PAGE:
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Advance the Early Care and Education Profession 

In This Section: 

  • Secure public investment specifically for educators’ compensation and benefits.
  • Build educators’ power through a unified voice.
  • Establish policies tailored to support home-based child care providers’ practice and well-being, including family child care (FCC) providers and family, friend, and neighbor (FFN) care providers.
  • Invest in educators’ career and educational advancement, especially for educators of color and multilingual educators.

Having access to child care—even if it is equitable access—could still lead to inequitable outcomes unless all children are served by diverse, competent, well-prepared, and well-compensated early care and education (ECE) professionals. 

The ECE field has always been carried by underpaid early childhood educators, largely Black and Brown women, who work with minimal benefits. During the height of the pandemic, many of these educators were forced to make the impossible choice between maintaining their livelihood or protecting their health. We cannot continue to ask more of these professionals without a strategy that more directly raises the standard for compensation and provides funding to meet that standard. Many states took seriously the pandemic-era rhetoric that “early childhood educators are essential” and took action in four critical areas:

Secure public investment specifically for educators’ compensation and benefits.

During the pandemic, we witnessed a mass exodus of early childhood educators. Many chose not to return because of a tight job market. 

Recognizing low compensation as the core challenge, many states took unprecedented actions that can inform future efforts to bring about transformational change. These approaches include adequate and systemic funding for wage increases, health care and other benefits, salary parity with early elementary teachers, and tax credits.

The District of Columbia raised local revenue to create the Early Childhood Educator Pay Equity Fund. In 2022 and 2023, It provided annual bonuses of up to $14,000 for each early childhood educator in licensed programs. Starting in fall 2023, programs that opt into a new salary scale began to receive funding from the Pay Equity Fund to increase their employees’ salaries through their paychecks. The Fund also provides premium-free health care coverage through HealthCare4ChildCare.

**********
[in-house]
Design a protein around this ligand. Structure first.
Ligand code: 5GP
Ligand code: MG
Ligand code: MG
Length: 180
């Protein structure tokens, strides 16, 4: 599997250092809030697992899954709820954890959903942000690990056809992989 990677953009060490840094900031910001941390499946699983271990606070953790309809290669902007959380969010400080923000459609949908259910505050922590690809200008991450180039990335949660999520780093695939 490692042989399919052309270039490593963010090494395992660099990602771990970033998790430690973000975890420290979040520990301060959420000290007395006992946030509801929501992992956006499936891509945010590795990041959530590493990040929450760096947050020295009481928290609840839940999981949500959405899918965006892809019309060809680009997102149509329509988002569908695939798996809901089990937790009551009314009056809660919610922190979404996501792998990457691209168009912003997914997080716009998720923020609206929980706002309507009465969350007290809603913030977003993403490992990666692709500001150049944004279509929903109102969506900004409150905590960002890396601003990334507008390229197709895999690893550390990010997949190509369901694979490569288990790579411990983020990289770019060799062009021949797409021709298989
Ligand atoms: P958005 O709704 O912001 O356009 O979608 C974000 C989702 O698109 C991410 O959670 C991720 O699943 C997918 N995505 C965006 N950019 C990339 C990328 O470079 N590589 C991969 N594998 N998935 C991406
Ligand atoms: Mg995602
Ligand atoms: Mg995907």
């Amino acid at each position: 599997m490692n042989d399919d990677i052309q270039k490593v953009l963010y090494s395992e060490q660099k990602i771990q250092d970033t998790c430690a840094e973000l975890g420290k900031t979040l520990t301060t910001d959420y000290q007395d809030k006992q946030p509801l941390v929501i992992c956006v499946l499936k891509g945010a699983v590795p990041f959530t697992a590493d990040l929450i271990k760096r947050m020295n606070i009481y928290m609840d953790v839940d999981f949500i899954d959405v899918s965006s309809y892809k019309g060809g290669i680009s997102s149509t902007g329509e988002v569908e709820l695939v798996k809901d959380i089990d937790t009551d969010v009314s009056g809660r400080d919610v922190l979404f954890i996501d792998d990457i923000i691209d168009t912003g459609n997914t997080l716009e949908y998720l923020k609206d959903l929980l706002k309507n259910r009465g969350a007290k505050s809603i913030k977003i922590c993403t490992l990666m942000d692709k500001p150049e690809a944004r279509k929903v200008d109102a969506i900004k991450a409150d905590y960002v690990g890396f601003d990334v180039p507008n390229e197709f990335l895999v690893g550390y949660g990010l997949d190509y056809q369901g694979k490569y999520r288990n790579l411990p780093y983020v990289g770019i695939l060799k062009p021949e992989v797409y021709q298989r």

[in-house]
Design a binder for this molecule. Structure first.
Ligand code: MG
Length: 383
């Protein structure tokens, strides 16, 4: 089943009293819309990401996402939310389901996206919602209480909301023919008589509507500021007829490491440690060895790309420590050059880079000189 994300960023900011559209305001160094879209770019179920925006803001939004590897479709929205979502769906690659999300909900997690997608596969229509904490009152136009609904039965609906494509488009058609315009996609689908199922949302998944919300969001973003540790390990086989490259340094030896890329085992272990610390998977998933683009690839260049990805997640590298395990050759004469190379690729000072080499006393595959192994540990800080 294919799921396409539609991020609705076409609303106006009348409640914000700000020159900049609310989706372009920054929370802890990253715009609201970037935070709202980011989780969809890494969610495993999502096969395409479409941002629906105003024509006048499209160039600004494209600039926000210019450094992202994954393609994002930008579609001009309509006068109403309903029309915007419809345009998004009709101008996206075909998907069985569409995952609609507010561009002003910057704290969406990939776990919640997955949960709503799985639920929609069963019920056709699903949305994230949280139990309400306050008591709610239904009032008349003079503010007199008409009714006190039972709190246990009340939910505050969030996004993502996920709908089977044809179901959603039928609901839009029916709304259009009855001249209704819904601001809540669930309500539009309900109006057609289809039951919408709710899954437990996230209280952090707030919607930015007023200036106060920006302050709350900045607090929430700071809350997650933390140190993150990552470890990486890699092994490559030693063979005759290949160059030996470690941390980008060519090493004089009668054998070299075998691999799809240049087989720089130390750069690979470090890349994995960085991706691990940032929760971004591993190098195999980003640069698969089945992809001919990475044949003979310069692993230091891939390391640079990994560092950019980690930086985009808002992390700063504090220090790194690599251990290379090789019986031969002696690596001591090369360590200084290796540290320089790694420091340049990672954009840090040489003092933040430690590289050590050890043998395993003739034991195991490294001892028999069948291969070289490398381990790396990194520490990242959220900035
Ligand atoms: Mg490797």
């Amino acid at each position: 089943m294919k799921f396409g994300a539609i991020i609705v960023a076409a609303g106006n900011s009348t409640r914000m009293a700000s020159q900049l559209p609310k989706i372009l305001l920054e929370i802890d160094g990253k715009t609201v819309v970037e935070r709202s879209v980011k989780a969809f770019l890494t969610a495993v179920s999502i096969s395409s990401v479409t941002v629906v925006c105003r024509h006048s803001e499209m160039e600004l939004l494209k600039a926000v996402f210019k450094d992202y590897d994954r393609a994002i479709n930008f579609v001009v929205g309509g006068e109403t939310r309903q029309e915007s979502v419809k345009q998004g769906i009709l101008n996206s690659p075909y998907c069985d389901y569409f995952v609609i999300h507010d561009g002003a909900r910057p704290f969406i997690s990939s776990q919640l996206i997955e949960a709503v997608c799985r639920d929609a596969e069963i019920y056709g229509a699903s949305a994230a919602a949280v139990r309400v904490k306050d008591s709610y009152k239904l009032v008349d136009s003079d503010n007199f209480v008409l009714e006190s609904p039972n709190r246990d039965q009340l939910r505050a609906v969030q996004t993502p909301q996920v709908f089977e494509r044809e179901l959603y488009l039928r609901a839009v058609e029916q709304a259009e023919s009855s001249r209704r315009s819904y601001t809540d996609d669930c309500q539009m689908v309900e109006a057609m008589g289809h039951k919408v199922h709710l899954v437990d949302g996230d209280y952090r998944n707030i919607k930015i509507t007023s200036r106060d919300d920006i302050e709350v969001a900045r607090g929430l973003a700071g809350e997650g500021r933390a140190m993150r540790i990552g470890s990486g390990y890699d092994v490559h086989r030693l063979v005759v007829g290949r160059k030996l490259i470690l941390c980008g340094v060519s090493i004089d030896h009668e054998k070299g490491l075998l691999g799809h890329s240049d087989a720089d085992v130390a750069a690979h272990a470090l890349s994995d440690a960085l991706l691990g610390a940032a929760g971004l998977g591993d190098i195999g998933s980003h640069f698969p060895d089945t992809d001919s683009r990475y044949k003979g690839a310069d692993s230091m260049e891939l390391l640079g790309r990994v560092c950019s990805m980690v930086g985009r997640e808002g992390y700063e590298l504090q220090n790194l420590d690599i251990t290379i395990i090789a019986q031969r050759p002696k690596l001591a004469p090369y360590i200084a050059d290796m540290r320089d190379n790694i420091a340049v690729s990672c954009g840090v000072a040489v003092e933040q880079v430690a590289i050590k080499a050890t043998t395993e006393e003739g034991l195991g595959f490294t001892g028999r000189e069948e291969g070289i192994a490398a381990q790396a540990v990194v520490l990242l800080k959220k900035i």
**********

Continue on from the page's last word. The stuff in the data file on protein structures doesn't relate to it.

North Carolina also used its federal relief funds to incentivize providers to adopt a salary scale that increased compensation for early childhood educators.

In 2023, Minnesota appropriated more than $300 million for the FY24-25 biennium for a permanent Great Start Compensation Support fund that would provide licensed ECE programs, including family child care, about $400 per month per full-time employee to help increase salaries and/or provide benefits.

Illinois’ FY24 budget includes $100 million for a new Child Care Workforce Compensation Contracts, which are available to programs that serve subsidized children and will commit to raising their wage floor to a higher level.

In its FY22-23 budget, Washington State appropriated $30 million of federal relief funds to establish a Licensed Childcare Worker Premium Assistance Program to help early childhood educators in licensed programs access affordable health insurance. Educators under 300 percent of poverty level and who don’t qualify for Medicaid are eligible.

A number of states, including Kentucky, Oklahoma, Maine, Arizona, Washington State, and Rhode Island made staff in licensed early care and education programs eligible for child care subsidies. In 2023, Iowa announced a one-year pilot program to allow child care workers to apply for subsidy, regardless of family income.1

In 2023, unionized family child care providers in California secured funding for a collective bargaining agreement that included a recurring $100 million for health care and $80 million for a retirement fund.

In 2021, Vermont passed H171, which created a new loan repayment program that provides up to $4,000 annually to reduce student debt for early childhood educators who commit to working in a regulated program in the state for 12 months.

The District of Columbia is leading the nation in advancing the early care and education workforce by securing public investment to compensate educators adequately and fairly, on par with public school teachers in the District.

In June of 2018, the DC Council passed major legislation into law called the Birth-to-Three for All DC Act, which provided a blueprint to make significant improvements over several years to the District’s early childhood education system. Enactment of this legislation represented years of learning, planning, and collaboration among advocates, early educators, health providers, and policymakers.